The large, nocturnal aye-aye lives only in Madagascar. These primitive primates are 14 to 17 inches long, with bushy tails nearly 2 feet long. They have pale faces and black ears. Aye-ayes have one layer of long, coarse black hair, and a second coat of white hair that's shorter and softer. These animals build elaborate nests in the tops of trees.
Habitat and Home Range
Aye-ayes live in deciduous forests and rain forests that have tall trees to support their nests. Male aye-ayes maintain home ranges of 200 to 500 acres that overlap with those of other males. Females’ ranges are slightly smaller, and they don't overlap with each other's. Aye-ayes are solitary creatures, and several nests exist throughout each animal’s range. As the aye-aye moves about foraging, it will find the closest nest as daylight approaches. These creatures are not possessive or territorial about the nests they build, and they routinely use nests built by others.
An aye-aye builds its nest by intertwining twigs and dead leaves. The meticulous process can take up to 24 hours. The finished nest is a closed, oval-shaped sphere with a single entry hole approximately 6 inches wide. Aye-ayes build their nests in the crowns of the tallest trees, an average of 57 feet off the forest floor. The aye-aye sleeps in its nest all day, emerging as early as half an hour before sunset and not returning until after sunrise.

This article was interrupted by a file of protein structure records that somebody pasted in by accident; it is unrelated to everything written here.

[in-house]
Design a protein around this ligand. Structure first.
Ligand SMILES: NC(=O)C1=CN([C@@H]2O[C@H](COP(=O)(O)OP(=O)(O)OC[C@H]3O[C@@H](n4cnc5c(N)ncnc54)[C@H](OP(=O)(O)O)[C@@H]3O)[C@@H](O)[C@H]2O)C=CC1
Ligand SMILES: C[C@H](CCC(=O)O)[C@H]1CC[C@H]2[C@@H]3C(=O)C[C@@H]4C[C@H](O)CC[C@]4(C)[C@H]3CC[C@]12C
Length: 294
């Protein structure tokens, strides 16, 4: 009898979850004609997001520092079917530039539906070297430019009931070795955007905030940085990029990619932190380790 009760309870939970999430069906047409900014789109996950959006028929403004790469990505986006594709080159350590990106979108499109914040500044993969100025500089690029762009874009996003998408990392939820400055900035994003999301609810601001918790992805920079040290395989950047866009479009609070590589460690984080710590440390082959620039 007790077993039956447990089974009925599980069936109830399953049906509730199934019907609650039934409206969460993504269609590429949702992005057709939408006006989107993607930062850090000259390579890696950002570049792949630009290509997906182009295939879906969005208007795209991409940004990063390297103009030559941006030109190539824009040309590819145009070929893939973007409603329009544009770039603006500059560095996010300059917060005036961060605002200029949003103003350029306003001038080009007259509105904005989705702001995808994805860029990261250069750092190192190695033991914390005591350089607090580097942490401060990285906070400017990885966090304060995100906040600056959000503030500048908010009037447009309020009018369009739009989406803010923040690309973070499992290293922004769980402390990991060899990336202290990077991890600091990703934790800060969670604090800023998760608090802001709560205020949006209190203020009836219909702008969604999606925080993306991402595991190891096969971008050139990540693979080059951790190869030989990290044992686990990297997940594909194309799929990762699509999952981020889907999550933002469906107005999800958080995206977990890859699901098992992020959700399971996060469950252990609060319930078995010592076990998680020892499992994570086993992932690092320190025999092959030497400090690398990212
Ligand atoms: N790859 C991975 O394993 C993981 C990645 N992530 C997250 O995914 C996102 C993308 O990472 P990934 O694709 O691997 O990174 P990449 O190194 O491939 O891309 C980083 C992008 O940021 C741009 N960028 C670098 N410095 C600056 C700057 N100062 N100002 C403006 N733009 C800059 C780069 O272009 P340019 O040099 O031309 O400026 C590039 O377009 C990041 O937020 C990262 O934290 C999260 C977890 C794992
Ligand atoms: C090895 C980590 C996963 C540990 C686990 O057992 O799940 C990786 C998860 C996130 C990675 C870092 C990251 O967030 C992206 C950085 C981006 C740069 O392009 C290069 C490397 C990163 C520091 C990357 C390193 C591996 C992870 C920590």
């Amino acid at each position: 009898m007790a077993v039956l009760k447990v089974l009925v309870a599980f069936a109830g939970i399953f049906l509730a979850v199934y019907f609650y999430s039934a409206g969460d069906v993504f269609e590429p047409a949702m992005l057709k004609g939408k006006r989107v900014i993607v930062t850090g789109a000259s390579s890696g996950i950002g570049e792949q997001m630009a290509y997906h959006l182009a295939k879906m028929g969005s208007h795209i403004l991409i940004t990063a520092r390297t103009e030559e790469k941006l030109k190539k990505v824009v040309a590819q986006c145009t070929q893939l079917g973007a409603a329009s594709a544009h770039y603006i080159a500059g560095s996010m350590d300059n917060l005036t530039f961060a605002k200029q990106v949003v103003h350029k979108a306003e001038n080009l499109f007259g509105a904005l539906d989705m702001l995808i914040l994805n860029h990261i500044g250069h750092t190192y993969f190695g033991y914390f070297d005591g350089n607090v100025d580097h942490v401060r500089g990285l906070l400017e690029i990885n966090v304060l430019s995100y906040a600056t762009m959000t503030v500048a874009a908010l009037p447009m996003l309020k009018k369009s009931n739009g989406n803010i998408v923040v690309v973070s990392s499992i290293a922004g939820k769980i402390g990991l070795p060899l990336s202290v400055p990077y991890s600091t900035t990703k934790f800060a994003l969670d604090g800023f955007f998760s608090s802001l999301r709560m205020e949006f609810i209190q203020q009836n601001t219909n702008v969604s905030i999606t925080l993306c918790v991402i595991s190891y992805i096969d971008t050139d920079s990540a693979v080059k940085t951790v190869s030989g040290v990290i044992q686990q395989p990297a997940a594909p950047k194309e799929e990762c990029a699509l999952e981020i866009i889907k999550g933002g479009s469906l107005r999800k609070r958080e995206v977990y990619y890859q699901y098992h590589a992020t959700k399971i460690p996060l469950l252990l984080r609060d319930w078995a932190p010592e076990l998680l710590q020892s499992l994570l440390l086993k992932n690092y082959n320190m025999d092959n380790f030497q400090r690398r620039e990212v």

Although some parts of the world have squirrels or woodpeckers, Madagascar has aye-ayes. They might be the only primates that use echolocation to find prey. They do this by tapping on trees with the claw on their elongated middle finger, then listening for insects moving inside. Once insects are found, the aye-aye uses the same claw to dig them out of the wood. They also eat fruits and nuts. In one night, males travel as far as 5,000 to 7,000 feet from their original nest in search of food.
Many Madagascar natives consider the aye-aye to be a bad omen, and they kill them on sight. This, combined with habitat destruction, has made the aye-aye endangered. In the mid-1900s, aye-ayes were believed to be extinct. It was later determined that they actually have fairly large numbers within their native range, but a very low population density. Artificial populations have been established for conservation. As of 2013, the animal was protected by both national law and international treaty.
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Jennifer Mueller began writing and editing professionally in 1995, when she became sports editor of her university's newspaper while also writing a bi-monthly general interest column for an independent tourist publication. Mueller holds a Bachelor of Arts in political science from the University of North Carolina at Asheville and a Juris Doctor from Indiana University Maurer School of Law.